Although I enjoyed the show immensely, it should be noted that it has been designed for a Thai audience. Foreign tourists who don’t speak Thai or are not familiar with Thai history, might find it confusing at times. The performances and the multimedia productions should be enjoyable for everyone. But there are long stretches of voice-over in Thai. They do have screens on either side for projecting English subtitles, but unfortunately it was only used for a brief description of each act. It should also be noted that photography during the performance is not allowed. I was able to take these pictures from the media area at the back.
Thai Buddhists have believed for a long time that they will make good merit if they release fish and birds at a temple. The idea is that you are doing good by giving a creature its freedom. However, its often a short-found freedom as these creatures are often re-captured to only be sold again to the next person who arrives at the temple. The original idea behind releasing fish was to help those creatures left stranded in rice fields after the waters had receded from a flood. Villagers would save the lives of the fish by releasing them into a nearby canal or river.
These days, people don’t have time to search flooded rice fields or woods for trapped creatures. So, they pay other people to do this for them. When they arrive at the temple there are already fish and turtles in tubs and birds in small cages. However, these creatures haven’t been rescued. Far from it. They were trapped and caged by these sellers and then brought to the temples. The Thai Buddhists think that they are making merit by releasing the birds and fish. But, in reality, they are supporting this practice and the people that take away the freedom from these creatures.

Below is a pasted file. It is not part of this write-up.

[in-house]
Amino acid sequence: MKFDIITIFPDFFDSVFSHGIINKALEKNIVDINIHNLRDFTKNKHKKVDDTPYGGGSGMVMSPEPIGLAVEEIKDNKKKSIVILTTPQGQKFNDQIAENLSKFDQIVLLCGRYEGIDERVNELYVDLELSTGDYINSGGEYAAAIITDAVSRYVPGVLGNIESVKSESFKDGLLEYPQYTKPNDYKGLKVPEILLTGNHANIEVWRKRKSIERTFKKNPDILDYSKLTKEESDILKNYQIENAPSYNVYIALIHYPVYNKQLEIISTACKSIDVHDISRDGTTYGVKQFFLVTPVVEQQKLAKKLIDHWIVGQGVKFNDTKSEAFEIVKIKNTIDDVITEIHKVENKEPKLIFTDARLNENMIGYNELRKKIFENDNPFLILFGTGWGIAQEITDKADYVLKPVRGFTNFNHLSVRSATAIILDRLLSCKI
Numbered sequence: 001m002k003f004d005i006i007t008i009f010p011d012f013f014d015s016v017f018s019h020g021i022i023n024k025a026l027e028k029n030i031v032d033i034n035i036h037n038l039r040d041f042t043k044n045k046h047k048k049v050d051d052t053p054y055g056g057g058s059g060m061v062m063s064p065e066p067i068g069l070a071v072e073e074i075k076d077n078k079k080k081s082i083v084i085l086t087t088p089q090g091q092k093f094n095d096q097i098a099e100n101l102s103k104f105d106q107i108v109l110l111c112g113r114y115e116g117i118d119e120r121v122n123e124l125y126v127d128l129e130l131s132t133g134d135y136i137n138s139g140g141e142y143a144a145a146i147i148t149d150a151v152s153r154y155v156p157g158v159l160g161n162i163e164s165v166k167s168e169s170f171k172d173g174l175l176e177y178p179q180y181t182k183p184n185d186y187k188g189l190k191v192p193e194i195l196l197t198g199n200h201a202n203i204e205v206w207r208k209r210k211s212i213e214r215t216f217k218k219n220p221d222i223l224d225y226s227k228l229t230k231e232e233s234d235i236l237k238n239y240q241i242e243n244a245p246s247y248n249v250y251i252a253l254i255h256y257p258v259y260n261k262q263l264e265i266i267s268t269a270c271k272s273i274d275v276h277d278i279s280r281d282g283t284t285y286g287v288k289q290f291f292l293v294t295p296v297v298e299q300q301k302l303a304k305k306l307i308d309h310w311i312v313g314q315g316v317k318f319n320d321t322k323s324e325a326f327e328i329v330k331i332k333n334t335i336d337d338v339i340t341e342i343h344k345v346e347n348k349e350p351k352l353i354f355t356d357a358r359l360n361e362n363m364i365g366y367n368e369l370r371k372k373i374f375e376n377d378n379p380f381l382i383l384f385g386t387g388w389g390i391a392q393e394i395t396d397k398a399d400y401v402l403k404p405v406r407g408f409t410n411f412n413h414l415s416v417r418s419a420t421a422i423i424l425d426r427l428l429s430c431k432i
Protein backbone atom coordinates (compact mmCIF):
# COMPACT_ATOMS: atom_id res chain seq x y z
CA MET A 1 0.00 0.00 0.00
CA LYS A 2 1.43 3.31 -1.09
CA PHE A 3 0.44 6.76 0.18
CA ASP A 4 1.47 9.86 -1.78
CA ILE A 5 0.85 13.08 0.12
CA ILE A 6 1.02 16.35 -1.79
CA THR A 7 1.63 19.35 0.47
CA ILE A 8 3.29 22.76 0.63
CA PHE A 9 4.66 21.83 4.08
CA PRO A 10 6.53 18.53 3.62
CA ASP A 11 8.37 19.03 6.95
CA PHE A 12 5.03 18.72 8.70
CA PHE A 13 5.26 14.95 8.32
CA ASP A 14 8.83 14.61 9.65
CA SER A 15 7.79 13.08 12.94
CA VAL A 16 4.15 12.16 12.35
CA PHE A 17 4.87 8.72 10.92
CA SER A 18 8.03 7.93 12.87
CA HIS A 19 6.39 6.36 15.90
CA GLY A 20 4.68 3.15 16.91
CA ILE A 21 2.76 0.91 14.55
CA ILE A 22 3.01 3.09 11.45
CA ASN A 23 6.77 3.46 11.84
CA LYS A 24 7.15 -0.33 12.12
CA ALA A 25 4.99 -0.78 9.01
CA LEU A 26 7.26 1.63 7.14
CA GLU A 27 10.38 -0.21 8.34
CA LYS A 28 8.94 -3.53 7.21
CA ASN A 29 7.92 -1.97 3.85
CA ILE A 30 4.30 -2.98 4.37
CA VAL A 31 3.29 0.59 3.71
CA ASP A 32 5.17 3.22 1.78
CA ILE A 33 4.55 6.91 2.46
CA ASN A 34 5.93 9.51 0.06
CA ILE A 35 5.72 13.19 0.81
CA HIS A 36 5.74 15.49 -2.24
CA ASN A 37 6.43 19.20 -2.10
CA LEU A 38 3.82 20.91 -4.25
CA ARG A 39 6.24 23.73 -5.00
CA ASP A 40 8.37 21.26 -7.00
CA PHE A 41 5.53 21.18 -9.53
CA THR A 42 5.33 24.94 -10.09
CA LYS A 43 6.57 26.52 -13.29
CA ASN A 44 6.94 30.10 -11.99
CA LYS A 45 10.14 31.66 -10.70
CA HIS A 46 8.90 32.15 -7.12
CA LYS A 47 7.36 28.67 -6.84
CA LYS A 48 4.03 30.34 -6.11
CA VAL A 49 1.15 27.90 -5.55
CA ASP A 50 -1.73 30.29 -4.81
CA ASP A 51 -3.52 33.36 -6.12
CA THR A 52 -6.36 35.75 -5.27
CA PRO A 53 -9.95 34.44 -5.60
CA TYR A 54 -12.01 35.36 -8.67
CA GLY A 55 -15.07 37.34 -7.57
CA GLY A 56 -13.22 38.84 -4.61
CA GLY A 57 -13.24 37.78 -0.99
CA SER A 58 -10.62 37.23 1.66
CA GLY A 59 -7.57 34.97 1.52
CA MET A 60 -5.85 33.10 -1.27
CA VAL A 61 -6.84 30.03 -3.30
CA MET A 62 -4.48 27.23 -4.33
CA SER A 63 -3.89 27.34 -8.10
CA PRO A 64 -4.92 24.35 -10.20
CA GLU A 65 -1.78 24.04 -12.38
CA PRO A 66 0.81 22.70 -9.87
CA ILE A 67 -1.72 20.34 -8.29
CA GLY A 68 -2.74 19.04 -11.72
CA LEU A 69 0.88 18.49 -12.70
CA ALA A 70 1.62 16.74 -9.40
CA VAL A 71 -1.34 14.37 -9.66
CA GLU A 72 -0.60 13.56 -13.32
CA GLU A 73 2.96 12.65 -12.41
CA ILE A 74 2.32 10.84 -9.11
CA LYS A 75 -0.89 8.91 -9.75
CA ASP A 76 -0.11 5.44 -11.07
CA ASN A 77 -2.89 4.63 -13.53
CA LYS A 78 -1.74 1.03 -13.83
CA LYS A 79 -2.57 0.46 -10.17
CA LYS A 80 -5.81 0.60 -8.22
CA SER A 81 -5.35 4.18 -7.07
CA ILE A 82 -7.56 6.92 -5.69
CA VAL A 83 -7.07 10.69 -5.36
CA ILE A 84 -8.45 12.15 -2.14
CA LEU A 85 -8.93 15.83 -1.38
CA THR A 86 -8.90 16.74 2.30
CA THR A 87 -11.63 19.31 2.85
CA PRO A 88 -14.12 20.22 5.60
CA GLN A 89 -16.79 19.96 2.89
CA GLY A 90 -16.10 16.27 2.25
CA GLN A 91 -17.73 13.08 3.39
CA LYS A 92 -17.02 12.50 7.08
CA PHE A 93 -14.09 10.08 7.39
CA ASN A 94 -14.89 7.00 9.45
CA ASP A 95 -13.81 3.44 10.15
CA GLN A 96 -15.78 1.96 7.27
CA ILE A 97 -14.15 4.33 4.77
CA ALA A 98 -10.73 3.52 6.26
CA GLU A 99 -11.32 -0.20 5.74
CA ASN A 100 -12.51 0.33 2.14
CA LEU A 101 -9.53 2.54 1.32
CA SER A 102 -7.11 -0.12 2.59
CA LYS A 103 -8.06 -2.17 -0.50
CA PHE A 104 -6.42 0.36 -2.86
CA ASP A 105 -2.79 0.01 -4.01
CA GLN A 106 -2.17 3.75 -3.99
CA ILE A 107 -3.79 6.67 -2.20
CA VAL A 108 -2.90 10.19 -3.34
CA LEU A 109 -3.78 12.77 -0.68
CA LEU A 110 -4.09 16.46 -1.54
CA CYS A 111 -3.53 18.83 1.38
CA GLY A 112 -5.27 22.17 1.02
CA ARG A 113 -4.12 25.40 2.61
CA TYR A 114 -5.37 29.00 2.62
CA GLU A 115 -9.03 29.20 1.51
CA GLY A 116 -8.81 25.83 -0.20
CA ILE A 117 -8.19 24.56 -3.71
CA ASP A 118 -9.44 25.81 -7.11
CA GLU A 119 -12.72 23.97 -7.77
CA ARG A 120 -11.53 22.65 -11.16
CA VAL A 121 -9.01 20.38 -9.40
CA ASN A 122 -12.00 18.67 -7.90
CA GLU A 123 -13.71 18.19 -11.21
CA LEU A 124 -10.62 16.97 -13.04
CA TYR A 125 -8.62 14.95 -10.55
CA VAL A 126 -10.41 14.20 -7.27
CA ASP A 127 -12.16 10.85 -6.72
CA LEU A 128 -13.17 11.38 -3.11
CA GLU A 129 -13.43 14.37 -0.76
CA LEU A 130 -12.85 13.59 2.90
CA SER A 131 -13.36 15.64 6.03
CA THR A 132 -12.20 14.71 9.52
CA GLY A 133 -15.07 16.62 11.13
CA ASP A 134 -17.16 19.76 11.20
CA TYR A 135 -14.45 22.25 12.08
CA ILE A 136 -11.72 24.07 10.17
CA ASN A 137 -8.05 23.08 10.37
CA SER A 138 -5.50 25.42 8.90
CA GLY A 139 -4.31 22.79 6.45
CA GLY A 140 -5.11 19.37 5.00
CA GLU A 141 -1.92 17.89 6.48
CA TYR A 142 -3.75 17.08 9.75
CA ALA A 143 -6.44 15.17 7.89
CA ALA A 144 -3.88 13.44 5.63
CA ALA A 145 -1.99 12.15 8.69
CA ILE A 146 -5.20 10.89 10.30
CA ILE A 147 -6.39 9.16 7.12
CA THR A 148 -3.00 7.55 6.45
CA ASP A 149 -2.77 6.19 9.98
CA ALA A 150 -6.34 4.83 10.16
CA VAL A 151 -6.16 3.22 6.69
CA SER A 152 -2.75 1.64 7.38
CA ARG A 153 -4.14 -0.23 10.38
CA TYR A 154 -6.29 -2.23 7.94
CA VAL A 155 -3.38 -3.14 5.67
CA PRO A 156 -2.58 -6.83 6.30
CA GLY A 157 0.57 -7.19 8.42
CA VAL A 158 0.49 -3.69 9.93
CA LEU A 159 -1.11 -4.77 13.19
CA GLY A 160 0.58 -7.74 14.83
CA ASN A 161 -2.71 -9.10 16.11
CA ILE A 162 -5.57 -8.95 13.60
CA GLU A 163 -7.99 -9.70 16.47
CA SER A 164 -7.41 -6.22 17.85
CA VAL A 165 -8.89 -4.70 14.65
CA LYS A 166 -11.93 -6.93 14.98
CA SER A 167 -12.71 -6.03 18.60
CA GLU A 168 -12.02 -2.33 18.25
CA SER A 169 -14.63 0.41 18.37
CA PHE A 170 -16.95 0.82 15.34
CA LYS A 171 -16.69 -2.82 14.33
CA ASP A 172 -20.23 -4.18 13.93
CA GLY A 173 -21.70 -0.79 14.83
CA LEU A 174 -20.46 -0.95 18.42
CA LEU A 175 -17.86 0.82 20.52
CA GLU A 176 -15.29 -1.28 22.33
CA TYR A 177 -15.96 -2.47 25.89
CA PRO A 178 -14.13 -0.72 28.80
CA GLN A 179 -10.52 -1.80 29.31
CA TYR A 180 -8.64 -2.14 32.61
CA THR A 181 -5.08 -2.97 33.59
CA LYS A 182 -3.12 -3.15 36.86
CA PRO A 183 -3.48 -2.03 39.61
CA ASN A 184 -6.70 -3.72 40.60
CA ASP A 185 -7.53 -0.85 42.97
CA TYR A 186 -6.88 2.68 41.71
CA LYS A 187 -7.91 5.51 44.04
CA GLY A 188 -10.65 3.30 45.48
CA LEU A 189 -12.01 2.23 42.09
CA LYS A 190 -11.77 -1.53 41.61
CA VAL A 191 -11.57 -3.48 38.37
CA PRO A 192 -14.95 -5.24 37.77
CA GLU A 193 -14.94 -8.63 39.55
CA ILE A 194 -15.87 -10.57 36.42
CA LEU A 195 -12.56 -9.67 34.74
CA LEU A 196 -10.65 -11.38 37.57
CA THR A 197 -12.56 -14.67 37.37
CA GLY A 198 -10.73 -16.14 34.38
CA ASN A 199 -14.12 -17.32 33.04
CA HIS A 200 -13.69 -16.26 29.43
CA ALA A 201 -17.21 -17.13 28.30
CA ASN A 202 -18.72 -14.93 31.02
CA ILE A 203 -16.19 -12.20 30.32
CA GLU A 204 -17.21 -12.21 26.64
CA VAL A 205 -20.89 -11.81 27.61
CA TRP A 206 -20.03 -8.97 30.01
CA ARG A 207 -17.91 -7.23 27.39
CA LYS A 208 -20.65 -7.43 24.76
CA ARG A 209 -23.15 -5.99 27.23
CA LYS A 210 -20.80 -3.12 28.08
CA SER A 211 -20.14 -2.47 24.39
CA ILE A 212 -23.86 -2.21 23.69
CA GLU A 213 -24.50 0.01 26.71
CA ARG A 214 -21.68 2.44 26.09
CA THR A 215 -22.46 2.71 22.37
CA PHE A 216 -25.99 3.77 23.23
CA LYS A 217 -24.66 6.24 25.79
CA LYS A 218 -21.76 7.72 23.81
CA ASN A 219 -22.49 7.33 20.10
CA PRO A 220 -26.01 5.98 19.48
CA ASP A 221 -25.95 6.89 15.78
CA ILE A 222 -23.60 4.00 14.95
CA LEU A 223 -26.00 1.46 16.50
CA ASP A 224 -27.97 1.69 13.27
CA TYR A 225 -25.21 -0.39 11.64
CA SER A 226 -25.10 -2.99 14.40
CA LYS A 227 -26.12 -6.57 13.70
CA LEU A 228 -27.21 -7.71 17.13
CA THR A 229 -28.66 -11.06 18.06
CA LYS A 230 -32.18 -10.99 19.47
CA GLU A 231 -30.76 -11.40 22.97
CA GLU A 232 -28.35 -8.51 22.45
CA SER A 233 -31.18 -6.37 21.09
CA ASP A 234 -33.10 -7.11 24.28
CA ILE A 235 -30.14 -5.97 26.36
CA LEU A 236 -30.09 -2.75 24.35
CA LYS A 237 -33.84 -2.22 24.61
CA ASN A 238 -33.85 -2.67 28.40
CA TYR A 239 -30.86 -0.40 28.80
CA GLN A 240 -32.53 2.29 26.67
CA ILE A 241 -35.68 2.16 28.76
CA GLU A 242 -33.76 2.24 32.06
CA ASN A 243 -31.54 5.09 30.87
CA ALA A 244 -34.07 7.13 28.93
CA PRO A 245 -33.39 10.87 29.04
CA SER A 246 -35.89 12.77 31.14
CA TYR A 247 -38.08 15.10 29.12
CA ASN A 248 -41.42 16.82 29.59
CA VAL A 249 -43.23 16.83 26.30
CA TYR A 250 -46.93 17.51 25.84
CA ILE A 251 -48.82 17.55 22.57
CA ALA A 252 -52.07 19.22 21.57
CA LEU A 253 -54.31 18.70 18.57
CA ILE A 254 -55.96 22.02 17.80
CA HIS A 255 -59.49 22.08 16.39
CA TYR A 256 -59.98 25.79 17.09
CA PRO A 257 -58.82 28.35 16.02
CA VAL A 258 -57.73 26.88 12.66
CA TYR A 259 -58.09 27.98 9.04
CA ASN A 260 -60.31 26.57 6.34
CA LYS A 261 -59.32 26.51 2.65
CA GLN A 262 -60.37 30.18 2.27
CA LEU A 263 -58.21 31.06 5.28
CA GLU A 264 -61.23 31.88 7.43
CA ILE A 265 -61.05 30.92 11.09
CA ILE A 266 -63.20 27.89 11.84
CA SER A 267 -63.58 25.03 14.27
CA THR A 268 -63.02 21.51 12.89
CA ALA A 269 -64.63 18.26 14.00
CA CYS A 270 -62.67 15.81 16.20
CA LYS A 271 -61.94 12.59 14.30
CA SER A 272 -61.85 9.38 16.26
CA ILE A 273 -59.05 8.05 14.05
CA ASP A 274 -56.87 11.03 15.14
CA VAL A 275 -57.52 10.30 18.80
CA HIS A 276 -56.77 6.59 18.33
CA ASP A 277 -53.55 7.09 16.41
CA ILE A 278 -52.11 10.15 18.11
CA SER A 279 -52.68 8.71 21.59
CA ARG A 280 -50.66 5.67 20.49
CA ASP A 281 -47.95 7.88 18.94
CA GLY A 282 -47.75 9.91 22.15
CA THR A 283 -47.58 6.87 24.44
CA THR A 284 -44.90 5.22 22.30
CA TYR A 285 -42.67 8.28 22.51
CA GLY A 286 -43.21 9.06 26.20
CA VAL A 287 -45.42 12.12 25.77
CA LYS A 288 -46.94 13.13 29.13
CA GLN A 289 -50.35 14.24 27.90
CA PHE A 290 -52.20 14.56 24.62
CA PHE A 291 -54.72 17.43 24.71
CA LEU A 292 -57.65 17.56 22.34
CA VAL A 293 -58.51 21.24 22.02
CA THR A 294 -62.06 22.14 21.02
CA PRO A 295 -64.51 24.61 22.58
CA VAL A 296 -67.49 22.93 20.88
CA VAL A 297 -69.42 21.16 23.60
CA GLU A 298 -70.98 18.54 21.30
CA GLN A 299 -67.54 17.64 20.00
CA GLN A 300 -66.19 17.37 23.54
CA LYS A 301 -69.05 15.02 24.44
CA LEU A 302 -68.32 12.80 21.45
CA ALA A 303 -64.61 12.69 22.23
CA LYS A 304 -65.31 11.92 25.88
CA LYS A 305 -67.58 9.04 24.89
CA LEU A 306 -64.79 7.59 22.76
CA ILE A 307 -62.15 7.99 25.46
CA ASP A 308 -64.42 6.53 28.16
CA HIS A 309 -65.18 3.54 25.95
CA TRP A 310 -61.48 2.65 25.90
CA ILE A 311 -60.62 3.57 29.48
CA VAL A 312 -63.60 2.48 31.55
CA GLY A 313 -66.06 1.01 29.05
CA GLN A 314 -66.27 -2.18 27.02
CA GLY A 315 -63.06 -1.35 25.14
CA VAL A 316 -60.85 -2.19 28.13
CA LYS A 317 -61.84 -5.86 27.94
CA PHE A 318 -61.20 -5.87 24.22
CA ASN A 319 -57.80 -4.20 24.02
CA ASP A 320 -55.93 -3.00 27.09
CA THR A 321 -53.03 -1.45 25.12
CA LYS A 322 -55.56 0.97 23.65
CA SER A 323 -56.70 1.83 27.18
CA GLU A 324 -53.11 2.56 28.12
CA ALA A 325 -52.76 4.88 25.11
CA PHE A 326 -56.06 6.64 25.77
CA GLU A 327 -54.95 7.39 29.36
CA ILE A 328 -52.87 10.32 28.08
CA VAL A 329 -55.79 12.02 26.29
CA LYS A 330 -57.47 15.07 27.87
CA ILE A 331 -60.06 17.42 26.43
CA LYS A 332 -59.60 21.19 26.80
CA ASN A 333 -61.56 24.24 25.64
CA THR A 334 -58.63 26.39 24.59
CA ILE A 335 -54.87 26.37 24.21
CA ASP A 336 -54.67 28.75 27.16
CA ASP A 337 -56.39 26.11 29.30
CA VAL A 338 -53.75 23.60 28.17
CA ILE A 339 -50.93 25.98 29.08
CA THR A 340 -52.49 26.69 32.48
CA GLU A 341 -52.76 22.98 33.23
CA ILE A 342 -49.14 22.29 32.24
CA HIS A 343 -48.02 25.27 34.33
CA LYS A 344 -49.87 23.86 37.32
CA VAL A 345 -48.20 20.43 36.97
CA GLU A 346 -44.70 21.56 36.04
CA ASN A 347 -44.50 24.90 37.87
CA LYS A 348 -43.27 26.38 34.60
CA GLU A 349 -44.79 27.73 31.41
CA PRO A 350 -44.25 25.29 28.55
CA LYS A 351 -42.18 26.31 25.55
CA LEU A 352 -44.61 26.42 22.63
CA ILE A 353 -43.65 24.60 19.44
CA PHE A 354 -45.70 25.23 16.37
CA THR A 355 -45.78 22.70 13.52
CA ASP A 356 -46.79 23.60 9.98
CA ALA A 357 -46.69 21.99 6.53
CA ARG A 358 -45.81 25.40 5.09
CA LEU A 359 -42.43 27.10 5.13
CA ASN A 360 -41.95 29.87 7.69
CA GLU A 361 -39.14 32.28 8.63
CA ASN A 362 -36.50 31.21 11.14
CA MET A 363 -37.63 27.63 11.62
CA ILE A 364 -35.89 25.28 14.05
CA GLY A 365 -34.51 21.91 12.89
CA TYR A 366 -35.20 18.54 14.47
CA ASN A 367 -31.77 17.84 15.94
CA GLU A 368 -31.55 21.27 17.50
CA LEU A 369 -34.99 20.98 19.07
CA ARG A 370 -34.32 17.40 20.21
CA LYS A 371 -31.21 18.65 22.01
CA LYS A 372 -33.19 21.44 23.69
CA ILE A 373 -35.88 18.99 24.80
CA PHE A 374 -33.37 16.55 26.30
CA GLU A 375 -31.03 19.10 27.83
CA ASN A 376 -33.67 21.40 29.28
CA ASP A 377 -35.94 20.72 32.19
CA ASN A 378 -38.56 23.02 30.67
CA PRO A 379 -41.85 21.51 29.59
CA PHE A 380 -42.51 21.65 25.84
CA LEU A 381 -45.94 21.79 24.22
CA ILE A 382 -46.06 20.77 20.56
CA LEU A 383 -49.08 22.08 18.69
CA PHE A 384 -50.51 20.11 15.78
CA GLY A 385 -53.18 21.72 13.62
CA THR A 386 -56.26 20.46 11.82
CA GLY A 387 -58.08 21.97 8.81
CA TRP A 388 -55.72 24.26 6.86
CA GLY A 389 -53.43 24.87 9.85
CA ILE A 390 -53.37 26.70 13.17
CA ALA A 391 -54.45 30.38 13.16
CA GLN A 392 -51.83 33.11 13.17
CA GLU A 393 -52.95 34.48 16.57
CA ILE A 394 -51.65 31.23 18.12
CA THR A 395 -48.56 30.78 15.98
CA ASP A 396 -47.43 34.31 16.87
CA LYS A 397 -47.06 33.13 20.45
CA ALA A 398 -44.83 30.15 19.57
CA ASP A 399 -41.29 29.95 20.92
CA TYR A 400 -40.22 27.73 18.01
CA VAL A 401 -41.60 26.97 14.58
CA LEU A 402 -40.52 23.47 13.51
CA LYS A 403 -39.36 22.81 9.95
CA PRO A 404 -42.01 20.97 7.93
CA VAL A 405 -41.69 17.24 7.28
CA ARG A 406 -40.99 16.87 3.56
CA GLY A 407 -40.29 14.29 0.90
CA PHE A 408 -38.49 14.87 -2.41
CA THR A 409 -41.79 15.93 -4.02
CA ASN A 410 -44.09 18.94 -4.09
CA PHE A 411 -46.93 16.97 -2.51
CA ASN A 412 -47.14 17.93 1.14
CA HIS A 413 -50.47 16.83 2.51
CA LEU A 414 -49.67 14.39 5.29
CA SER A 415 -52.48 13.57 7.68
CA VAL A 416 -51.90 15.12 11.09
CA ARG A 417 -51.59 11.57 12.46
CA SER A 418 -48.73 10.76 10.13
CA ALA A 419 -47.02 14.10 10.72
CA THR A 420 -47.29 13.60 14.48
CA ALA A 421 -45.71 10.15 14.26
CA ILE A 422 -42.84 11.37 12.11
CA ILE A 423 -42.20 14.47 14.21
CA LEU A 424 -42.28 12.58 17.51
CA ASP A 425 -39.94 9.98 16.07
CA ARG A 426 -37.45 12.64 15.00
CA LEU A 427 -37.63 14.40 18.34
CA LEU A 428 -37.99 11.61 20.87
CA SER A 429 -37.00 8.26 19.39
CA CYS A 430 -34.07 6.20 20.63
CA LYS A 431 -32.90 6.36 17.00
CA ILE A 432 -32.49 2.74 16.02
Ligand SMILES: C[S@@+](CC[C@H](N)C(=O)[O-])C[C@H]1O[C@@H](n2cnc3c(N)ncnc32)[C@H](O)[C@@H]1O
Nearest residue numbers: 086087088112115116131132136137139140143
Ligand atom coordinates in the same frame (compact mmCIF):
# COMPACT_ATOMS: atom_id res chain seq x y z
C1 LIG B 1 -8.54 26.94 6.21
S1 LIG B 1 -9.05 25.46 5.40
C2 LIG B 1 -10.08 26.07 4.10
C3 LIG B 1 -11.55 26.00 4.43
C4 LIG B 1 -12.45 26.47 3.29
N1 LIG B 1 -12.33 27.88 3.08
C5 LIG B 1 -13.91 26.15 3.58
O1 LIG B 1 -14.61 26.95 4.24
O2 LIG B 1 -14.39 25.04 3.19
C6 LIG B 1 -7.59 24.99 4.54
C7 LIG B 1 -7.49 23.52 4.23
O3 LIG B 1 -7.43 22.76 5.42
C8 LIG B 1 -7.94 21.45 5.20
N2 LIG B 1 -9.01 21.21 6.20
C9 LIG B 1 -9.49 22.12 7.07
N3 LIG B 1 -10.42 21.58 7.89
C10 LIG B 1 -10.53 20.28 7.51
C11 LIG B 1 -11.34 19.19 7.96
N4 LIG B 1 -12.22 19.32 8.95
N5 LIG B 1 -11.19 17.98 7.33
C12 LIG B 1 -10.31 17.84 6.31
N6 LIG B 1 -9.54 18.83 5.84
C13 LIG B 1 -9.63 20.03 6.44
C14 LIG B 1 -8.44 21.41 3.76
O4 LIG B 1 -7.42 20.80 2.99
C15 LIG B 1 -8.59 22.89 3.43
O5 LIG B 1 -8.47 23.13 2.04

I don’t know about you, but in my book it would be a sin to pay these people money. An increasing number of abbots also agree and they now ban these vendors from their compounds. It is actually big money for these people and presumably they give a cut to the temple. Several temples that I visited last weekend had many tubs of different kinds of fish. Each were labelled clearly telling the name of the creature as well as what kind of merit that you would make in releasing it. In addition, there were also charts telling you how many creatures you should release depending on what day of the week that you were born. Apparently, as I was born on Wednesday evening, I should release 12 creatures.
What do you think about this practice? Is it quaint and harmless or should it be banned completley?
Recently I was in Bonn which was clouded most of the days. Then suddenly on 16th January, the sky cleared. From the bridge over the Rheine, I snapped the restaurant opposite the Hilton Hotel, bathed in morning light. Thai food in Bonn is also available in multi-cuisine restaurants.